Coeliac Disease Not Linked to Gluten Timing in Weaning

Posted on 16 February 2015 by in News

journal.jpgIt has been proposed that risk for developing the autoimmune condition coeliac disease (CD) may be linked to the time that the infant is weaned to consume gluten containing foods. However, the timing of gluten introduction into an infant’s diet does not appear to influence a child’s subsequent risk of developing CD investigators report in an article published online January 19 in Pediatrics.[1] The new finding, from a multinational prospective birth cohort study, challenges some current ideas on how best to prevent the onset of the autoimmune disorder. Read the rest of this entry »

Vitamin C Shows Direct Benefit in Lung Function

Posted on 29 January 2015 by in News

logoIt’s always a challenge to take a single, isolated nutrient and try to prove a health benefit within a research study. Unlike drugs, which mostly have a clear mode of action on their own, nutrients generally usually work synergistically with other nutrients and lifestyle factors to generate health benefits. So when a meta-analysis (review of multiple studies) of one vitamin all show a similar clinical outcome, it is a significant finding and offers some clarity on the use of a nutrient in isolation as well as in combination with others.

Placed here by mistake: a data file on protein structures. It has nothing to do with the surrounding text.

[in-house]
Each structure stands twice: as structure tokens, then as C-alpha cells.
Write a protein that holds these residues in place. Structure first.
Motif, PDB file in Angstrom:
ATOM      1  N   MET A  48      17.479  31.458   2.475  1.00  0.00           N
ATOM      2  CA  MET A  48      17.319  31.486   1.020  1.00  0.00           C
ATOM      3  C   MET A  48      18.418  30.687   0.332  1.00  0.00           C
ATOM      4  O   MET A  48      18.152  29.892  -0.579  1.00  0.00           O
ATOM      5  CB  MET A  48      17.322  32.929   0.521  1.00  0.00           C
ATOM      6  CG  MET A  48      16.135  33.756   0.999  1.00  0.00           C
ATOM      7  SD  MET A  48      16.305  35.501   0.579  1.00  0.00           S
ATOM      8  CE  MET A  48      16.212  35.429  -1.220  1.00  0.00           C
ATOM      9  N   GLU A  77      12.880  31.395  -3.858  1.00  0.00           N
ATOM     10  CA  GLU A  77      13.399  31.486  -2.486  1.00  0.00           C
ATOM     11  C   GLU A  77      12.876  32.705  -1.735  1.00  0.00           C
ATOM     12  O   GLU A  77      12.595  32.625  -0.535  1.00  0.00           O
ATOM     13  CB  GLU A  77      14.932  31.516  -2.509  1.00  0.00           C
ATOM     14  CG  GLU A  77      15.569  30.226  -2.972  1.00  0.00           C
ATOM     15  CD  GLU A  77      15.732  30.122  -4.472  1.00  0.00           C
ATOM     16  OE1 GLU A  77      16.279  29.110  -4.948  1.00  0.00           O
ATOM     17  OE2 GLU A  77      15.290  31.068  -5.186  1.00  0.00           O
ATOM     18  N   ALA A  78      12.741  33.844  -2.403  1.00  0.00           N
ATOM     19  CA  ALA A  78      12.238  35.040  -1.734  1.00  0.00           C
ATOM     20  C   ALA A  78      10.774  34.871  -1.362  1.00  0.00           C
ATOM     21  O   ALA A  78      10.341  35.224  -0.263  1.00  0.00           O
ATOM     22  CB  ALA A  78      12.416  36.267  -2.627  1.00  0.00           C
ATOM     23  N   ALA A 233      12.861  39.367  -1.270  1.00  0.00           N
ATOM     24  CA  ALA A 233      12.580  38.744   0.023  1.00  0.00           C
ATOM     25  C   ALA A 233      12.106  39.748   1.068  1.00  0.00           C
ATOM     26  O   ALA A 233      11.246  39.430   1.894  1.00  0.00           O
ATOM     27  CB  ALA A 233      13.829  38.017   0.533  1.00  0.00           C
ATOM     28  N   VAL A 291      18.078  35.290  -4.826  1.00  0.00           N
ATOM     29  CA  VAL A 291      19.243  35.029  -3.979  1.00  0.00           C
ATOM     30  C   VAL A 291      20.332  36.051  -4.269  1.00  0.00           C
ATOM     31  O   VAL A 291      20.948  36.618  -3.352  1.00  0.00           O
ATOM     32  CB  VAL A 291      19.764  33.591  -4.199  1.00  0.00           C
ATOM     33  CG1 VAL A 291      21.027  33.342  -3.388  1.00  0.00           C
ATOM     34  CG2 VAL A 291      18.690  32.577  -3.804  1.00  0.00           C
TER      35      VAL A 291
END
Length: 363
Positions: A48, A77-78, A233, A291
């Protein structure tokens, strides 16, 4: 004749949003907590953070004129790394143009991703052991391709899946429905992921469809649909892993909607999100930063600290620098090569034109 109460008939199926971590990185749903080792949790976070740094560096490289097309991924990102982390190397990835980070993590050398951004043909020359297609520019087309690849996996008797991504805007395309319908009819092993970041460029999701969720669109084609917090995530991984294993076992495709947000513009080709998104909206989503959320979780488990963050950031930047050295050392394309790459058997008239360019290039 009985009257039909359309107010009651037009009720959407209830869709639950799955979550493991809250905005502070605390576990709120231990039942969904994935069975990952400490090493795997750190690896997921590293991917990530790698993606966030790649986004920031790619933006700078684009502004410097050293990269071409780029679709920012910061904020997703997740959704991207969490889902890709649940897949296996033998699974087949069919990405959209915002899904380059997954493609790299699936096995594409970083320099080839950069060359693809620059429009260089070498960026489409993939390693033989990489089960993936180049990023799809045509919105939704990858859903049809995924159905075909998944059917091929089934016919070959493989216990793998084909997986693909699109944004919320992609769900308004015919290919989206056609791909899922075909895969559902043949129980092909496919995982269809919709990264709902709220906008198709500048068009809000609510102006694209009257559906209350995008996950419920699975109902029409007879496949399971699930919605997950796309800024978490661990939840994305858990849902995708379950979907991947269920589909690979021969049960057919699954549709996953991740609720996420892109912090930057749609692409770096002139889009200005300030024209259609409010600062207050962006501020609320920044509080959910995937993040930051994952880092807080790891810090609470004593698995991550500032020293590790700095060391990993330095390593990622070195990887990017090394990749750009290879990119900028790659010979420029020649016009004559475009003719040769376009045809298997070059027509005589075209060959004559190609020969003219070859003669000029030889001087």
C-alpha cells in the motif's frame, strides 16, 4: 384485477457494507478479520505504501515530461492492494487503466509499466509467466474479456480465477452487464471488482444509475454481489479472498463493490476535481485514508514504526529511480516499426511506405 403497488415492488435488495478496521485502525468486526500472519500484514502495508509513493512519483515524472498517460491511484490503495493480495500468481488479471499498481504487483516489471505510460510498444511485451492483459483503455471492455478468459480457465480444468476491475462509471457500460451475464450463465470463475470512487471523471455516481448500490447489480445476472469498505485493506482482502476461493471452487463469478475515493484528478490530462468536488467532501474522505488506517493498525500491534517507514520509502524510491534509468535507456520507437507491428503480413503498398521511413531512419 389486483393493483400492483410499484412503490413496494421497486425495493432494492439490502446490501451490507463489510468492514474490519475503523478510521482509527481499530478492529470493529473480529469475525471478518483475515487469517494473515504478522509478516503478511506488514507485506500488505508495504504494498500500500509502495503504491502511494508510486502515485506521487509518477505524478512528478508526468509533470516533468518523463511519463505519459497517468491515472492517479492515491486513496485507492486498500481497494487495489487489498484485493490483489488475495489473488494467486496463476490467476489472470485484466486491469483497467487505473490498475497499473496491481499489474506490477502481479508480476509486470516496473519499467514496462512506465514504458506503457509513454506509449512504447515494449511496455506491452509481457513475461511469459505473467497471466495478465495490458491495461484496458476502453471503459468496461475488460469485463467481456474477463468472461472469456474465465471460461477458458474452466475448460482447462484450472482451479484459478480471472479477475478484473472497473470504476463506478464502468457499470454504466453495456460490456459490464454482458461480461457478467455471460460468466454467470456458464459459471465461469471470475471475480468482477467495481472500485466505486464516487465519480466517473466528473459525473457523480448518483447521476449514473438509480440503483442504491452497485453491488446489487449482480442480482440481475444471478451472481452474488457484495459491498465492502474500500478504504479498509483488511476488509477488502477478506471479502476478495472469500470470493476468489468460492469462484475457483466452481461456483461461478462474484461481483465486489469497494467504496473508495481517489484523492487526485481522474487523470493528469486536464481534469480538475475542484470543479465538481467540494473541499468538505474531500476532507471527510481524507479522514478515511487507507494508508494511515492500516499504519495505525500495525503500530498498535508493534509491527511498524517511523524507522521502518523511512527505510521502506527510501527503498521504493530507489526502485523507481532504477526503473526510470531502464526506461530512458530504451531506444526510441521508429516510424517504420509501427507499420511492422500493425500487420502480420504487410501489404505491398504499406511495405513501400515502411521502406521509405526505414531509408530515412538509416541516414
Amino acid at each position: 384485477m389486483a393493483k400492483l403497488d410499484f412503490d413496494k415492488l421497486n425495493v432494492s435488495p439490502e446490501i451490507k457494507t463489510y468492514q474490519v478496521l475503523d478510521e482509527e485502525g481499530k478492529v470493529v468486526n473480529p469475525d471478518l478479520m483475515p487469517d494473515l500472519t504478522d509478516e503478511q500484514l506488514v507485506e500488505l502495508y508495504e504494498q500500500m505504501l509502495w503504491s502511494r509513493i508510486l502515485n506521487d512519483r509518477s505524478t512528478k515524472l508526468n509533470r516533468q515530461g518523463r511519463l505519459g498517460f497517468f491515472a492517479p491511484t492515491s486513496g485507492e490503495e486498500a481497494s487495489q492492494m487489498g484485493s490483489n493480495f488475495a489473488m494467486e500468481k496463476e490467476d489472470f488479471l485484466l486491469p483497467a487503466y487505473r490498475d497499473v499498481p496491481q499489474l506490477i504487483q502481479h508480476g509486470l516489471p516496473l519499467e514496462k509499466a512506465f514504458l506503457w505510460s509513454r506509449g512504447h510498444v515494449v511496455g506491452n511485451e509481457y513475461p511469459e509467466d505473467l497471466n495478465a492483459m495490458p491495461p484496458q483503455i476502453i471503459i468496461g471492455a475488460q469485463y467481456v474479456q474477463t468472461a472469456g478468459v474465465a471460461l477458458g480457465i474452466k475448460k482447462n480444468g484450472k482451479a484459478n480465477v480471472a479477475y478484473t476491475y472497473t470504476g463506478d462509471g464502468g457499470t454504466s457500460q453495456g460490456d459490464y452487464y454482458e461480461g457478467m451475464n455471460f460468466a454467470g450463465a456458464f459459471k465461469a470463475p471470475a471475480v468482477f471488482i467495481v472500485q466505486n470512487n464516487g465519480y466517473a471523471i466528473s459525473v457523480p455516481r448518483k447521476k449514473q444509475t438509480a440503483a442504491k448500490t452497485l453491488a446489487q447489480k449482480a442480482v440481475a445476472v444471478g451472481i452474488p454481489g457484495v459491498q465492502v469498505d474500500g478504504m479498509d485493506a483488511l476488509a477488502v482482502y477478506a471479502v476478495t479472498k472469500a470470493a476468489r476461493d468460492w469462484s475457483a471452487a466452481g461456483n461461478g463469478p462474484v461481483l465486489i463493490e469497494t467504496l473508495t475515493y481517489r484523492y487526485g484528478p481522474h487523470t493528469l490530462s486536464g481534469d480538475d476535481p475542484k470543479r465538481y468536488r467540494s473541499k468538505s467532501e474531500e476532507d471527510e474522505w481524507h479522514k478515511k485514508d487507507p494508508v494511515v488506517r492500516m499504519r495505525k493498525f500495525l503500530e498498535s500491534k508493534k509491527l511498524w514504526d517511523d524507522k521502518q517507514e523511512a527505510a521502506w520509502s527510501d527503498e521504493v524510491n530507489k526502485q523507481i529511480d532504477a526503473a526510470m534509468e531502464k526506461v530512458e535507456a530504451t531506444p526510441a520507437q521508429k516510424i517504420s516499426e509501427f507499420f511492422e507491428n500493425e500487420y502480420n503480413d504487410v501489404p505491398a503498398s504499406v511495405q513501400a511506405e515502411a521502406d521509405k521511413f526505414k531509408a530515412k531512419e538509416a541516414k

A 2014 meta-analysis of nine studies on vitamin C for lung health (specifically exercise-induced bronchoconstriction or EIB) showed a positive correlation between vitamin C and lung health.[1] The studies focused on EIB, a specific condition when the airways narrow during vigorous exercise, and are more common when the air temperature is low. It’s a relatively common event in people with asthma and endurance athletes.